Alexander Ruthner’s paintings for Volume 1, more than 100 so far, are like the prolific pages of a diary, fraught with intensity yet brief and ephemeral, and to be continued.
Austrian visual artist Alex Ruthner returns to Dio Horia in Mykonos for his first solo exhibition with Dio Horia Gallery. The exhibition Volume I is the result of 109 works produced over the course of the pandemic and will be opening on June 12 in the presence of the artist.
Alex Ruthner’s artistic practice consists of paintings and digital collages. Ruthner’s work has no definitive statements. They are open-ended questionings and provocations initiating conversations about a fragmented world. Technically, there is as as much subtraction as addition, as much synthesis as analysis in his practice.
During the past year and half, Ruthner created Volume I or else a constellation of 109 paintings, that are presented at a small room on the first floor at Dio Horia Gallery, crowded on the wall, in a visually raucous rabble so animated it is almost audible. The scenes almost levitate as if waiting to be placed into a meaningful narrative. Still each episode resounds on its own with uncanny familiarity, as if taken from a story we know or have heard of, or even happened to us. Although the scenarios may be inspired by incidents from the artist’s own life, they are rendered in a vivid allegorical language employing symbolism, literary archetypes, and darkly comic caricatures that lend them the quality of fairytales. Produced over the course of the pandemic, the painting series was triggered by notes Franz Kafka scribbled on pieces of paper, later referred to as aphorisms, while convalescing with the fatal tuberculosis in West Bohemia.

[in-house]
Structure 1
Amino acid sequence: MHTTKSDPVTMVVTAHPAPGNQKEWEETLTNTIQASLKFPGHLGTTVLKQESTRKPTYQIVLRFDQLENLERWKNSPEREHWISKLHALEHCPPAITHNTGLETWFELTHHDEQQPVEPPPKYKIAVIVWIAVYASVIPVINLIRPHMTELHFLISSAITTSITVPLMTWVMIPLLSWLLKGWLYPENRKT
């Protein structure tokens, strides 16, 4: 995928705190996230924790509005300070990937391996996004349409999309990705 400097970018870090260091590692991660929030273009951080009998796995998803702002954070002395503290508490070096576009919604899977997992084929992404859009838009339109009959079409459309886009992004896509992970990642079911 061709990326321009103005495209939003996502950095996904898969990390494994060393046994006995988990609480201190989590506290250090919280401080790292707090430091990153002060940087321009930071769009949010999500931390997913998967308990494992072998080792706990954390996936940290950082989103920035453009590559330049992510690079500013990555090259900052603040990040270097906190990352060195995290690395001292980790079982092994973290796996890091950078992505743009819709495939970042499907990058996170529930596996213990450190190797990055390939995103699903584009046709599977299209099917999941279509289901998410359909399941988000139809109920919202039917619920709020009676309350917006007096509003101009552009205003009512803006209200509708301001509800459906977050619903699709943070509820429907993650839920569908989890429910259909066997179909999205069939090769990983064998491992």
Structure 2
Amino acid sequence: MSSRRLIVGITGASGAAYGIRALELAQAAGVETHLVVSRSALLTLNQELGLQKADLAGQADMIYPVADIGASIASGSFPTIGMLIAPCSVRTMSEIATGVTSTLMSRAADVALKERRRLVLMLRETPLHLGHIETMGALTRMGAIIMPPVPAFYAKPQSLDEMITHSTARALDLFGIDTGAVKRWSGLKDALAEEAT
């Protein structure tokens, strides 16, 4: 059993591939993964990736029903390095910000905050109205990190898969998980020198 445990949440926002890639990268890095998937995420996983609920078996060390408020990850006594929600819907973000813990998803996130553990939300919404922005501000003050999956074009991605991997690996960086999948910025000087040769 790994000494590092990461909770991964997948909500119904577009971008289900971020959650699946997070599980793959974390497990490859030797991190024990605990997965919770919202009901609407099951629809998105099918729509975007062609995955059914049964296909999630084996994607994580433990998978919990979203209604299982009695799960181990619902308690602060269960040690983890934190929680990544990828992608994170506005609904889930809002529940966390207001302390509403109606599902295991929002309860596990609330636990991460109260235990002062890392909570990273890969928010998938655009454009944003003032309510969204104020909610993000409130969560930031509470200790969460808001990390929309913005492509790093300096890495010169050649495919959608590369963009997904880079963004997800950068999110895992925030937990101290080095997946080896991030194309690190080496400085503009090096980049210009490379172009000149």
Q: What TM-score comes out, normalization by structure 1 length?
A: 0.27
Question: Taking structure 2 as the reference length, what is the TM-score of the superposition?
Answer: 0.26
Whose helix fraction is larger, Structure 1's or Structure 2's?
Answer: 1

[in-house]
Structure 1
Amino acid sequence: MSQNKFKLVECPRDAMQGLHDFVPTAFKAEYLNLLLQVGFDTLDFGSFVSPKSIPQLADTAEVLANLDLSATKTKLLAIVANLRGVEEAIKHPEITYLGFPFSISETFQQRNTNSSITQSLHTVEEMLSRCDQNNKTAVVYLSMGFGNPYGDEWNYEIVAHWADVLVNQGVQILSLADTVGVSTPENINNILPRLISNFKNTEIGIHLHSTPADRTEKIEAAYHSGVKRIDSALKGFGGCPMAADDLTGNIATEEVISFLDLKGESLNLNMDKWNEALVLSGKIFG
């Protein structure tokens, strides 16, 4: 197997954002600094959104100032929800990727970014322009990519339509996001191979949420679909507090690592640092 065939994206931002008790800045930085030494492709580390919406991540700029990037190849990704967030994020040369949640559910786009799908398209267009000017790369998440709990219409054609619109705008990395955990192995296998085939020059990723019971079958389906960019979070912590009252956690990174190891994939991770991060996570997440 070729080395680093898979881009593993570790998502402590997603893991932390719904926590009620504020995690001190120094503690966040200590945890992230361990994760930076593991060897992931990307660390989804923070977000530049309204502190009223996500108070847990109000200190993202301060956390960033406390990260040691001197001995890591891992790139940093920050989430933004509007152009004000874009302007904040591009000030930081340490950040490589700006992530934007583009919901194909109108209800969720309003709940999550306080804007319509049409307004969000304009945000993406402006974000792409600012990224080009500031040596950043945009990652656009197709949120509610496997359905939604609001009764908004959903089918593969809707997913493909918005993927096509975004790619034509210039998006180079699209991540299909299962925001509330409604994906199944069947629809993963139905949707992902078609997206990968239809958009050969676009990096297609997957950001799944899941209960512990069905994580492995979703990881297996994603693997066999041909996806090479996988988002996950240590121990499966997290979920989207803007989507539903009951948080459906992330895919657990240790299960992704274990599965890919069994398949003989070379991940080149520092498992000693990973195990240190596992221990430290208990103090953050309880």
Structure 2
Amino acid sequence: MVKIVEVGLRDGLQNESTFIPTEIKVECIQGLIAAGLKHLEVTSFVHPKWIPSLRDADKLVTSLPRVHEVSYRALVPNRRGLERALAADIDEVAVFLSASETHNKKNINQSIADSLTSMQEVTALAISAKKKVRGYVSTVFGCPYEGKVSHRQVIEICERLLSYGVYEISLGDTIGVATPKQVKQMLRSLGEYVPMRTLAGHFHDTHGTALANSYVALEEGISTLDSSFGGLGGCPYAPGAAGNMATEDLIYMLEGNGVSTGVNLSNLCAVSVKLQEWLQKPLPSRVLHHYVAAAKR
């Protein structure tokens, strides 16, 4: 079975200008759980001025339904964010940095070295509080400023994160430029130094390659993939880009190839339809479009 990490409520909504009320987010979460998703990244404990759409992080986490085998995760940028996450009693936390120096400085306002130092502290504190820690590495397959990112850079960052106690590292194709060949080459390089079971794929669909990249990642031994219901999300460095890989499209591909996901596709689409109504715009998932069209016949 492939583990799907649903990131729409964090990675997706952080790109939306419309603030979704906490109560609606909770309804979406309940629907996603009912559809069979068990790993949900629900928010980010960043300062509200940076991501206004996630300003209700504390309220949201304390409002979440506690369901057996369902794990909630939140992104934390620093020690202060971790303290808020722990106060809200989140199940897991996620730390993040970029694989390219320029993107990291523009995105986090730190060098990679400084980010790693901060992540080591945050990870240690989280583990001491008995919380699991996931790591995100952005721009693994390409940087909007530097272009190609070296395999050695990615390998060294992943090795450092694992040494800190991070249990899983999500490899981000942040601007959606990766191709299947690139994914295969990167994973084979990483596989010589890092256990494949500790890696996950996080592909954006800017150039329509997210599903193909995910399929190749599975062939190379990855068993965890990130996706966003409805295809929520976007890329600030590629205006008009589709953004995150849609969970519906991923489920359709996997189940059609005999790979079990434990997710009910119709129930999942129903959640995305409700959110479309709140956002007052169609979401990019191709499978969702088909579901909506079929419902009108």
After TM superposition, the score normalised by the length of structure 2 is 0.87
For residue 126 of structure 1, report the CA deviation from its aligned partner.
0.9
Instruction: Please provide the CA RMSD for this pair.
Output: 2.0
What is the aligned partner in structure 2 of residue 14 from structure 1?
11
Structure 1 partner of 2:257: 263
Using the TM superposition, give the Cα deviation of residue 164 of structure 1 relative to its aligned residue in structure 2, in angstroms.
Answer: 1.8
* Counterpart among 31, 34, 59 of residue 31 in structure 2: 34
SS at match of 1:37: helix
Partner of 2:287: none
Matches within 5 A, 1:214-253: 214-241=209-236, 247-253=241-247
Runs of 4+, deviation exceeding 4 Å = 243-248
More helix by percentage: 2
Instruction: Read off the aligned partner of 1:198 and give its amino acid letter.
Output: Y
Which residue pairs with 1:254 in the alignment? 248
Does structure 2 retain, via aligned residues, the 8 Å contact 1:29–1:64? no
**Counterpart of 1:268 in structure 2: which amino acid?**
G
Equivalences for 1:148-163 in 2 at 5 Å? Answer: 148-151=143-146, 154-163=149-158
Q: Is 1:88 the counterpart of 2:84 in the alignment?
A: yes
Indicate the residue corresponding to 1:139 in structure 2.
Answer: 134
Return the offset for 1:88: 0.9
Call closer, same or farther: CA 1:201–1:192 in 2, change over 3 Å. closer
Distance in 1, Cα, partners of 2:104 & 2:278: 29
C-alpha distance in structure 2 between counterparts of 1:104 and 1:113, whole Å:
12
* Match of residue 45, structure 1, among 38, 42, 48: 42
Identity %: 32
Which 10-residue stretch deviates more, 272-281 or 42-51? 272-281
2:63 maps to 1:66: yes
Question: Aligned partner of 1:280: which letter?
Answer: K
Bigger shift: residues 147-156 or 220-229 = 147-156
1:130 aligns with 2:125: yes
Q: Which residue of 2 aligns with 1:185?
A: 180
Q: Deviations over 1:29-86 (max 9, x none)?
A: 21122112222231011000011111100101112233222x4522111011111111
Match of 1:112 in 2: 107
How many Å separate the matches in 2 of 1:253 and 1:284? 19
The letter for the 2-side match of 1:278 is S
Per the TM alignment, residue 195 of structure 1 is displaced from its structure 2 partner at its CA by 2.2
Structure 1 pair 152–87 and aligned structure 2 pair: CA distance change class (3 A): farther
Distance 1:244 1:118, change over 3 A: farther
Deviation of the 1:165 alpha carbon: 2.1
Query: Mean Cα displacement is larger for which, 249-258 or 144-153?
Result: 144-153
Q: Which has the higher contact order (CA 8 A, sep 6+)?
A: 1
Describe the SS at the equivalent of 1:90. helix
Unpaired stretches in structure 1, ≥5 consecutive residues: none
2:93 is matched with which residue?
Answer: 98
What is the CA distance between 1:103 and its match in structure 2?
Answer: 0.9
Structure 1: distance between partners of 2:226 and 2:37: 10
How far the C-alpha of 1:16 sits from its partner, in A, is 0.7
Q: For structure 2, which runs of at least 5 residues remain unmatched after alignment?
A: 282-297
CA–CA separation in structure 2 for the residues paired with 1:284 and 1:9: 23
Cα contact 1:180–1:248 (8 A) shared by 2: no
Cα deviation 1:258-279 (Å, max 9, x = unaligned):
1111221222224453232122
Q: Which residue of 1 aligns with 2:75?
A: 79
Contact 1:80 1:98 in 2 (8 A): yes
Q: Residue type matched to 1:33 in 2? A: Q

During the past year, we have all been compelled to be armchair travellers for a time, surfing the Internet in search of succour and sympathy, and the meaning of life. Just as a single aphorism inspires myriad insights and interpretations, Ruthner’s Volume I paintings take on different meanings in the psychic terrain of each viewer. Images by nature speak volumes more than words, which have too much resting on too little—they must be precise enough or die off. Images are more like experiences; we can experience ourselves in these pictures. Reflecting the fragmented way we see the world through the screen of the computer, the mesmerizing installation of Volume 1 forces us to select the things that suit our viewpoint. So, the narrative is yours to write, composing the frames of the storyboard into your own tragicomedy. As in Ruthner’s epic volume, to be continued, the protagonist is always you.
Ultimately Volume I, is an instruction manual on how to read reality.
A catalogue with texts by Cathryn Drake and Josefine Hübler accompaniesthe exhibition. Parts of their texts have been used for this press release.